It is a harsh reality for many people as the sun disappears under the city skyline in Melbourne, a reality that our Night Nurses are all too familiar with. This is what really happens in the dark, after dark, on Melbourne's streets... 

People often ask me “what do you do?” My response is always the same, “I am a nurse. I help the 
homeless community”.
This generally leads into a whole conversation about what that looks like, who exactly do I help and “wow, that must be so interesting”. And yeah, I guess it is interesting. On the other hand, I have also been challenged by throw-away responses like “well, they’re all the same”. That could not be more ignorant or wrong - the only same thing about each patient we meet is the fact that they have no stable housing and our system has failed them.

Many people fail to realise that the patients I come across on every shift are real people; so real that it would break anyone’s heart if they too, took a moment to listen.

Some of the things I've come across no person should ever have to see, things that no person should ever have to experience. I have seen people being spat on by passers-by or having food thrown on them for no reason. I have met refugees just trying to find basic, but critical, medical care. I’ve even met mothers with their toddlers walking the streets, with nowhere to go, after escaping horrendous family violence situations.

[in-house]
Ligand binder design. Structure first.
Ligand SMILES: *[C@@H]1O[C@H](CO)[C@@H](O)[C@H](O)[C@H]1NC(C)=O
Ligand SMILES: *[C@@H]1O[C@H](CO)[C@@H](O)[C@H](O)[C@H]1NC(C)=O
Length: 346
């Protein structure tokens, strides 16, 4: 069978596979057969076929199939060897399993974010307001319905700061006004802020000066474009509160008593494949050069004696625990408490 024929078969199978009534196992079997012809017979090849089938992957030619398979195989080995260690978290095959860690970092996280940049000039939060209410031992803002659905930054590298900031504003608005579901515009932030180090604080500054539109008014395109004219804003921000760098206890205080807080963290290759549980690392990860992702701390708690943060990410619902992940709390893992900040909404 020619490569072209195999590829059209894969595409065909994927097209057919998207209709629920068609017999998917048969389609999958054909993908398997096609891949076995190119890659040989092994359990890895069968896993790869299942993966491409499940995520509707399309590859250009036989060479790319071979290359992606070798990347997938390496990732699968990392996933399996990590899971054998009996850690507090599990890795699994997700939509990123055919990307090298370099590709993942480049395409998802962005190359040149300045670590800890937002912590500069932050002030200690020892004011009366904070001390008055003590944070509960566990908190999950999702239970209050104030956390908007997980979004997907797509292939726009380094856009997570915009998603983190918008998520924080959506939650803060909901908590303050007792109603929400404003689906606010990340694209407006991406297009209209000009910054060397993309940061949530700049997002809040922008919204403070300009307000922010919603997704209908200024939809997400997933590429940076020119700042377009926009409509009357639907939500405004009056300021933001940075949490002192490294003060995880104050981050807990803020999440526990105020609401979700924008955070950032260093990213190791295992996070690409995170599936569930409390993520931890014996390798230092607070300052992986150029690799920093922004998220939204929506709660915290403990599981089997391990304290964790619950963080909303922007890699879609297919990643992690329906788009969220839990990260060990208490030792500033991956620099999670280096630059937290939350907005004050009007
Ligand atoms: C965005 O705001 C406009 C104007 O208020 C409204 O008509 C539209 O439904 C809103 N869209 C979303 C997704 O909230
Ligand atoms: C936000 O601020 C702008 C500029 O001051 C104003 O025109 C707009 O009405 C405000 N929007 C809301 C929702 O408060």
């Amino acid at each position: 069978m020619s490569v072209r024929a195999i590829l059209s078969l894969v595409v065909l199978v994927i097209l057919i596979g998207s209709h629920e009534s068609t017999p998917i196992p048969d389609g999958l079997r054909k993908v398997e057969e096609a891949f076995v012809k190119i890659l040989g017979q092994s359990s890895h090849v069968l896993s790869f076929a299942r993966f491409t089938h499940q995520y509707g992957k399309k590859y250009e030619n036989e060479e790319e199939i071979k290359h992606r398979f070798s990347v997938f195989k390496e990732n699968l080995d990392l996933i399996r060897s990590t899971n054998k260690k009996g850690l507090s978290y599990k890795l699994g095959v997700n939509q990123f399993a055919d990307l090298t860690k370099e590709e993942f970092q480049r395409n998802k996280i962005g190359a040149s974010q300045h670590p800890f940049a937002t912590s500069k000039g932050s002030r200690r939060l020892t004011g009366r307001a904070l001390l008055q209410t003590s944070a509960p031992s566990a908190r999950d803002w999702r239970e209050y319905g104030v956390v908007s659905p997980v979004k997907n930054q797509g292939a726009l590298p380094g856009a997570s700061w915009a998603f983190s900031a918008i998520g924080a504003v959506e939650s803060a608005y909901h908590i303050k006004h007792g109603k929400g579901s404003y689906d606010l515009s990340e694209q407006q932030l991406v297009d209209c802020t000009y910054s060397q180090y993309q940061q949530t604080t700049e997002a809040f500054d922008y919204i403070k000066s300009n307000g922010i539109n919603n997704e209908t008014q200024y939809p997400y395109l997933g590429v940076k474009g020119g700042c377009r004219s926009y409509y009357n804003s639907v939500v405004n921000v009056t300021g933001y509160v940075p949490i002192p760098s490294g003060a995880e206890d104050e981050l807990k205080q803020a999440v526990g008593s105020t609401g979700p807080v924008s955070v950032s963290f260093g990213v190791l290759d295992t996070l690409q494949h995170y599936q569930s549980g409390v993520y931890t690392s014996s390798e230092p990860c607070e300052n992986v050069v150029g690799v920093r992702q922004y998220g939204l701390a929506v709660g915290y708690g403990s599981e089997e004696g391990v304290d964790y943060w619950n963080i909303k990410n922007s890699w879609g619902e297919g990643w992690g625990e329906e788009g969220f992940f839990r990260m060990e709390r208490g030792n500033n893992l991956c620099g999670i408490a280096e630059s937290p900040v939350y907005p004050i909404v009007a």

I have delivered CPR on the street to people with medical conditions who went from being fine one minute to fighting for their life within seconds and arriving just moments after someone has tried to end it all because they were left with no hope or support.

This is where I do my job best.

The type of care myself and my colleagues in the Night Nurses Outreach service provide is for the individual. We help people who need medical attention and emotional care, often in their darkest hour, because of a failing system. We have no fancy equipment or medication on us, not even a doctor. What we do have is a backpack filled with basic medical supplies, our collective experience as nurses and compassion.

Sometimes we might only see a patient once or twice and we hope that this means they’ve found some positive outcomes. For others, they rely on us for regular care. People who have no other connections and have been waiting for housing for as long as I have been walking the streets. For these people, we may be the only familiar face they see all week.

I have walked the street for 7 years now, in the dark, the cold of winter, the searing heat of summer, on festive holidays, in the middle of major events and now, amid a wide scale pandemic.

Why? Because, every single person in our community deserves access to medical care.

Every night I go home knowing I have shared hope and provided comfort and medical care to a community that is being left behind. A community that has fallen through the cracks and will fall further if services like ours and organisations like Youth Projects could not operate.

Our Night Nurses hit the streets at sundown from Wednesday through to Sunday to provide medical care to people in need. This service integrates with The Living Room to provide ongoing health and medical care for people.

Please consider helping our night nurses stay out longer to help more people during the current crisis by donating to our COVID-19 Rapid Response appeal today